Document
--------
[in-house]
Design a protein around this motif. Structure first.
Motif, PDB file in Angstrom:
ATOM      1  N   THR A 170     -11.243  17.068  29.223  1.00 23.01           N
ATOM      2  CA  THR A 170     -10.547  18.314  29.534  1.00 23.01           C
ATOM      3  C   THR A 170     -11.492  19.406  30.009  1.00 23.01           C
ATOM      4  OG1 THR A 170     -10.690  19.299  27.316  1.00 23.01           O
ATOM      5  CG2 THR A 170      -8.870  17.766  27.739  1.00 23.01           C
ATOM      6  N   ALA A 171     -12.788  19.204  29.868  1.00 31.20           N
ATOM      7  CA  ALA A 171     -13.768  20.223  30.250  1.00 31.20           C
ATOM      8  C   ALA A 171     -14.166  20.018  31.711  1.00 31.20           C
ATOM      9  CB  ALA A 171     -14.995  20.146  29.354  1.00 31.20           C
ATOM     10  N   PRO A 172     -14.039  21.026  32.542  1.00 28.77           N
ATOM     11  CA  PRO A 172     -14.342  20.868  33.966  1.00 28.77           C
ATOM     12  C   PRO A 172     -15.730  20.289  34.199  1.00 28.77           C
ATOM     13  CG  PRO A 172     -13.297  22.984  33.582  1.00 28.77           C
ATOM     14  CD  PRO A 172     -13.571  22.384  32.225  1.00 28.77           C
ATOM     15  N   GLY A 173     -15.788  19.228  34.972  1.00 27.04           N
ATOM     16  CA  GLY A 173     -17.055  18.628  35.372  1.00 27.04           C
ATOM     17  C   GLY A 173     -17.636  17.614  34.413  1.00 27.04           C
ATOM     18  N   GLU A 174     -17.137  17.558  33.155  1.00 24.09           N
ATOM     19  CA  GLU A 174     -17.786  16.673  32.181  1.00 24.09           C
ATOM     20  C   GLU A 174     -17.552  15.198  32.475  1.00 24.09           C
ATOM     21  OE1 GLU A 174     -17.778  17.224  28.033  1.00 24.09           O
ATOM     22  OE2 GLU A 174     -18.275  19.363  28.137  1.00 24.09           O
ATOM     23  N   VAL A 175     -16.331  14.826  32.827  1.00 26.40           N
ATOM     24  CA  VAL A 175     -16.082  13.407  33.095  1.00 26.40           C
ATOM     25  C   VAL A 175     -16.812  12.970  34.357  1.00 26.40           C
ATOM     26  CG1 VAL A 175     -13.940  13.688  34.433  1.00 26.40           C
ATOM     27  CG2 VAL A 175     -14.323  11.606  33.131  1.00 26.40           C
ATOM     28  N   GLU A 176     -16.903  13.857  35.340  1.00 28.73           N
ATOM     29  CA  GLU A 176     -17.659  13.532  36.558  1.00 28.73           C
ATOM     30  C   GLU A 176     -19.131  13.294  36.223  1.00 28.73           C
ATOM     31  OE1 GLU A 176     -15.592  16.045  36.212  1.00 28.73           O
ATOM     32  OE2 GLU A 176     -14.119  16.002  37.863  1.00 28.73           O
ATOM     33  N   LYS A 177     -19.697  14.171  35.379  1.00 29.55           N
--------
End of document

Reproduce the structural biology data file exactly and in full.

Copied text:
[in-house]
Design a protein around this motif. Structure first.
Motif, PDB file in Angstrom:
ATOM      1  N   THR A 170     -11.243  17.068  29.223  1.00 23.01           N
ATOM      2  CA  THR A 170     -10.547  18.314  29.534  1.00 23.01           C
ATOM      3  C   THR A 170     -11.492  19.406  30.009  1.00 23.01           C
ATOM      4  OG1 THR A 170     -10.690  19.299  27.316  1.00 23.01           O
ATOM      5  CG2 THR A 170      -8.870  17.766  27.739  1.00 23.01           C
ATOM      6  N   ALA A 171     -12.788  19.204  29.868  1.00 31.20           N
ATOM      7  CA  ALA A 171     -13.768  20.223  30.250  1.00 31.20           C
ATOM      8  C   ALA A 171     -14.166  20.018  31.711  1.00 31.20           C
ATOM      9  CB  ALA A 171     -14.995  20.146  29.354  1.00 31.20           C
ATOM     10  N   PRO A 172     -14.039  21.026  32.542  1.00 28.77           N
ATOM     11  CA  PRO A 172     -14.342  20.868  33.966  1.00 28.77           C
ATOM     12  C   PRO A 172     -15.730  20.289  34.199  1.00 28.77           C
ATOM     13  CG  PRO A 172     -13.297  22.984  33.582  1.00 28.77           C
ATOM     14  CD  PRO A 172     -13.571  22.384  32.225  1.00 28.77           C
ATOM     15  N   GLY A 173     -15.788  19.228  34.972  1.00 27.04           N
ATOM     16  CA  GLY A 173     -17.055  18.628  35.372  1.00 27.04           C
ATOM     17  C   GLY A 173     -17.636  17.614  34.413  1.00 27.04           C
ATOM     18  N   GLU A 174     -17.137  17.558  33.155  1.00 24.09           N
ATOM     19  CA  GLU A 174     -17.786  16.673  32.181  1.00 24.09           C
ATOM     20  C   GLU A 174     -17.552  15.198  32.475  1.00 24.09           C
ATOM     21  OE1 GLU A 174     -17.778  17.224  28.033  1.00 24.09           O
ATOM     22  OE2 GLU A 174     -18.275  19.363  28.137  1.00 24.09           O
ATOM     23  N   VAL A 175     -16.331  14.826  32.827  1.00 26.40           N
ATOM     24  CA  VAL A 175     -16.082  13.407  33.095  1.00 26.40           C
ATOM     25  C   VAL A 175     -16.812  12.970  34.357  1.00 26.40           C
ATOM     26  CG1 VAL A 175     -13.940  13.688  34.433  1.00 26.40           C
ATOM     27  CG2 VAL A 175     -14.323  11.606  33.131  1.00 26.40           C
ATOM     28  N   GLU A 176     -16.903  13.857  35.340  1.00 28.73           N
ATOM     29  CA  GLU A 176     -17.659  13.532  36.558  1.00 28.73           C
ATOM     30  C   GLU A 176     -19.131  13.294  36.223  1.00 28.73           C
ATOM     31  OE1 GLU A 176     -15.592  16.045  36.212  1.00 28.73           O
ATOM     32  OE2 GLU A 176     -14.119  16.002  37.863  1.00 28.73           O
ATOM     33  N   LYS A 177     -19.697  14.171  35.379  1.00 29.55           N